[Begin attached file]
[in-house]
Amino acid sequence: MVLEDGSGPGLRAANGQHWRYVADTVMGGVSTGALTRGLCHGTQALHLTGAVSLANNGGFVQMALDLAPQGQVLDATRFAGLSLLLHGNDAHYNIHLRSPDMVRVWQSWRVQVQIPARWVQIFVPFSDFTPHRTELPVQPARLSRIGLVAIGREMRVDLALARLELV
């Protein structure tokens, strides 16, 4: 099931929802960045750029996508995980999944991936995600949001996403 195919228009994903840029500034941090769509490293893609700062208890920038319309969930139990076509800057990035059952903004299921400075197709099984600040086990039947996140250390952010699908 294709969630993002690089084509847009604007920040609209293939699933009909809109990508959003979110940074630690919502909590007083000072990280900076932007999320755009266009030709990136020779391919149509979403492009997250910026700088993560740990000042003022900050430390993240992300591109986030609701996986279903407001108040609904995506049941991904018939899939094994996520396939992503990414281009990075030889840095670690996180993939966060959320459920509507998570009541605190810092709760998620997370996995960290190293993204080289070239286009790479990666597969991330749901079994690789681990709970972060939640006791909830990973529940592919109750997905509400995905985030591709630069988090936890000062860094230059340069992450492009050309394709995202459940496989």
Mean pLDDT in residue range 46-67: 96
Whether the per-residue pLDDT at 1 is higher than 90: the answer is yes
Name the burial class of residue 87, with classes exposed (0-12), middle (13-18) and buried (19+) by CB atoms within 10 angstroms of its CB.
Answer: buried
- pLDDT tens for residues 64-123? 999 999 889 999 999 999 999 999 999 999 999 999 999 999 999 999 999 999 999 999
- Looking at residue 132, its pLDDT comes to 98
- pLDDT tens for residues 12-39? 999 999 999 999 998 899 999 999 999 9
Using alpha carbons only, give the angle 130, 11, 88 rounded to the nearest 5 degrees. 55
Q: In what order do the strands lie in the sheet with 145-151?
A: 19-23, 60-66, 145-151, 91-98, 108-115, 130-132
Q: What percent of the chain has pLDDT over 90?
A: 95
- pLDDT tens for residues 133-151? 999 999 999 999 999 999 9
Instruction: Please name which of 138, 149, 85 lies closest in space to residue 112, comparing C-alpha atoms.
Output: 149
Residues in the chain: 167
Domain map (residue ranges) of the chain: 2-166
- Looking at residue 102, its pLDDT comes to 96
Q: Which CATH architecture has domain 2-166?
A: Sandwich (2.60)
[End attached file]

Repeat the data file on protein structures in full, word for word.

[in-house]
Amino acid sequence: MVLEDGSGPGLRAANGQHWRYVADTVMGGVSTGALTRGLCHGTQALHLTGAVSLANNGGFVQMALDLAPQGQVLDATRFAGLSLLLHGNDAHYNIHLRSPDMVRVWQSWRVQVQIPARWVQIFVPFSDFTPHRTELPVQPARLSRIGLVAIGREMRVDLALARLELV
């Protein structure tokens, strides 16, 4: 099931929802960045750029996508995980999944991936995600949001996403 195919228009994903840029500034941090769509490293893609700062208890920038319309969930139990076509800057990035059952903004299921400075197709099984600040086990039947996140250390952010699908 294709969630993002690089084509847009604007920040609209293939699933009909809109990508959003979110940074630690919502909590007083000072990280900076932007999320755009266009030709990136020779391919149509979403492009997250910026700088993560740990000042003022900050430390993240992300591109986030609701996986279903407001108040609904995506049941991904018939899939094994996520396939992503990414281009990075030889840095670690996180993939966060959320459920509507998570009541605190810092709760998620997370996995960290190293993204080289070239286009790479990666597969991330749901079994690789681990709970972060939640006791909830990973529940592919109750997905509400995905985030591709630069988090936890000062860094230059340069992450492009050309394709995202459940496989």
Mean pLDDT in residue range 46-67: 96
Whether the per-residue pLDDT at 1 is higher than 90: the answer is yes
Name the burial class of residue 87, with classes exposed (0-12), middle (13-18) and buried (19+) by CB atoms within 10 angstroms of its CB.
Answer: buried
- pLDDT tens for residues 64-123? 999 999 889 999 999 999 999 999 999 999 999 999 999 999 999 999 999 999 999 999
- Looking at residue 132, its pLDDT comes to 98
- pLDDT tens for residues 12-39? 999 999 999 999 998 899 999 999 999 9
Using alpha carbons only, give the angle 130, 11, 88 rounded to the nearest 5 degrees. 55
Q: In what order do the strands lie in the sheet with 145-151?
A: 19-23, 60-66, 145-151, 91-98, 108-115, 130-132
Q: What percent of the chain has pLDDT over 90?
A: 95
- pLDDT tens for residues 133-151? 999 999 999 999 999 999 9
Instruction: Please name which of 138, 149, 85 lies closest in space to residue 112, comparing C-alpha atoms.
Output: 149
Residues in the chain: 167
Domain map (residue ranges) of the chain: 2-166
- Looking at residue 102, its pLDDT comes to 96
Q: Which CATH architecture has domain 2-166?
A: Sandwich (2.60)